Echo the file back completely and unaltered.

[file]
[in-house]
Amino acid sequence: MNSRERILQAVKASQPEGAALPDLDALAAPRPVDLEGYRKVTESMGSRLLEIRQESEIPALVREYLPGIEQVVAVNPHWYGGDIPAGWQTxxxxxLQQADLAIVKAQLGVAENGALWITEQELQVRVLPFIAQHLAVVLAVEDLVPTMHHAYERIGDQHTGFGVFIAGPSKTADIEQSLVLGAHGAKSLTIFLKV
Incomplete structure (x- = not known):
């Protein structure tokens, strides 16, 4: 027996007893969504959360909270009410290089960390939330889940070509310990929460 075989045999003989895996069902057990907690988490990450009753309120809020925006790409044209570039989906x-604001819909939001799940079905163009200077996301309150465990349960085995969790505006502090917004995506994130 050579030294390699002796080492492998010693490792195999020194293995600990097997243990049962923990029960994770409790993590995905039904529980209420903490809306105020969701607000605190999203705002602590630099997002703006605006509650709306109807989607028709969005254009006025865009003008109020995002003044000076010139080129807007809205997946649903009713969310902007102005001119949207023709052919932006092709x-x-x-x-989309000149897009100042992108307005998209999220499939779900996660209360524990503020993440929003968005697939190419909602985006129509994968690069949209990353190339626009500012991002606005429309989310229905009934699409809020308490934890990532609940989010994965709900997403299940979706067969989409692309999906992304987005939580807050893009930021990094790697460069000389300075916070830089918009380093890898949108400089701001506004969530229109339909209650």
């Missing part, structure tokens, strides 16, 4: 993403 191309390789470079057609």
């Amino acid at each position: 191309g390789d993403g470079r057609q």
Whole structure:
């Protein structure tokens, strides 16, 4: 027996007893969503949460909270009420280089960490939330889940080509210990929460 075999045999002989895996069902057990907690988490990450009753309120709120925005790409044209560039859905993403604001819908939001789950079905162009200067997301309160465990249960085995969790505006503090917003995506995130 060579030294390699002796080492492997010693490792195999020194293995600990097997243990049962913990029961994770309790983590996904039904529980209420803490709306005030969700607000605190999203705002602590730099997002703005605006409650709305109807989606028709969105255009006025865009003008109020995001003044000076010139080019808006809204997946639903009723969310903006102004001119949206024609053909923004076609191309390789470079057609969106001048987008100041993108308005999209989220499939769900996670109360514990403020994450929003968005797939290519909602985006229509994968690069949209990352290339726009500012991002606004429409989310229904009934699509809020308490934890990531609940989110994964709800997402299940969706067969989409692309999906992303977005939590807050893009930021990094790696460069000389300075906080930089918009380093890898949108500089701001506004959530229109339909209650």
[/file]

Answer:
[in-house]
Amino acid sequence: MNSRERILQAVKASQPEGAALPDLDALAAPRPVDLEGYRKVTESMGSRLLEIRQESEIPALVREYLPGIEQVVAVNPHWYGGDIPAGWQTxxxxxLQQADLAIVKAQLGVAENGALWITEQELQVRVLPFIAQHLAVVLAVEDLVPTMHHAYERIGDQHTGFGVFIAGPSKTADIEQSLVLGAHGAKSLTIFLKV
Incomplete structure (x- = not known):
């Protein structure tokens, strides 16, 4: 027996007893969504959360909270009410290089960390939330889940070509310990929460 075989045999003989895996069902057990907690988490990450009753309120809020925006790409044209570039989906x-604001819909939001799940079905163009200077996301309150465990349960085995969790505006502090917004995506994130 050579030294390699002796080492492998010693490792195999020194293995600990097997243990049962923990029960994770409790993590995905039904529980209420903490809306105020969701607000605190999203705002602590630099997002703006605006509650709306109807989607028709969005254009006025865009003008109020995002003044000076010139080129807007809205997946649903009713969310902007102005001119949207023709052919932006092709x-x-x-x-989309000149897009100042992108307005998209999220499939779900996660209360524990503020993440929003968005697939190419909602985006129509994968690069949209990353190339626009500012991002606005429309989310229905009934699409809020308490934890990532609940989010994965709900997403299940979706067969989409692309999906992304987005939580807050893009930021990094790697460069000389300075916070830089918009380093890898949108400089701001506004969530229109339909209650």
């Missing part, structure tokens, strides 16, 4: 993403 191309390789470079057609």
């Amino acid at each position: 191309g390789d993403g470079r057609q």
Whole structure:
């Protein structure tokens, strides 16, 4: 027996007893969503949460909270009420280089960490939330889940080509210990929460 075999045999002989895996069902057990907690988490990450009753309120709120925005790409044209560039859905993403604001819908939001789950079905162009200067997301309160465990249960085995969790505006503090917003995506995130 060579030294390699002796080492492997010693490792195999020194293995600990097997243990049962913990029961994770309790983590996904039904529980209420803490709306005030969700607000605190999203705002602590730099997002703005605006409650709305109807989606028709969105255009006025865009003008109020995001003044000076010139080019808006809204997946639903009723969310903006102004001119949206024609053909923004076609191309390789470079057609969106001048987008100041993108308005999209989220499939769900996670109360514990403020994450929003968005797939290519909602985006229509994968690069949209990352290339726009500012991002606004429409989310229904009934699509809020308490934890990531609940989110994964709800997402299940969706067969989409692309999906992303977005939590807050893009930021990094790696460069000389300075906080930089918009380093890898949108500089701001506004959530229109339909209650």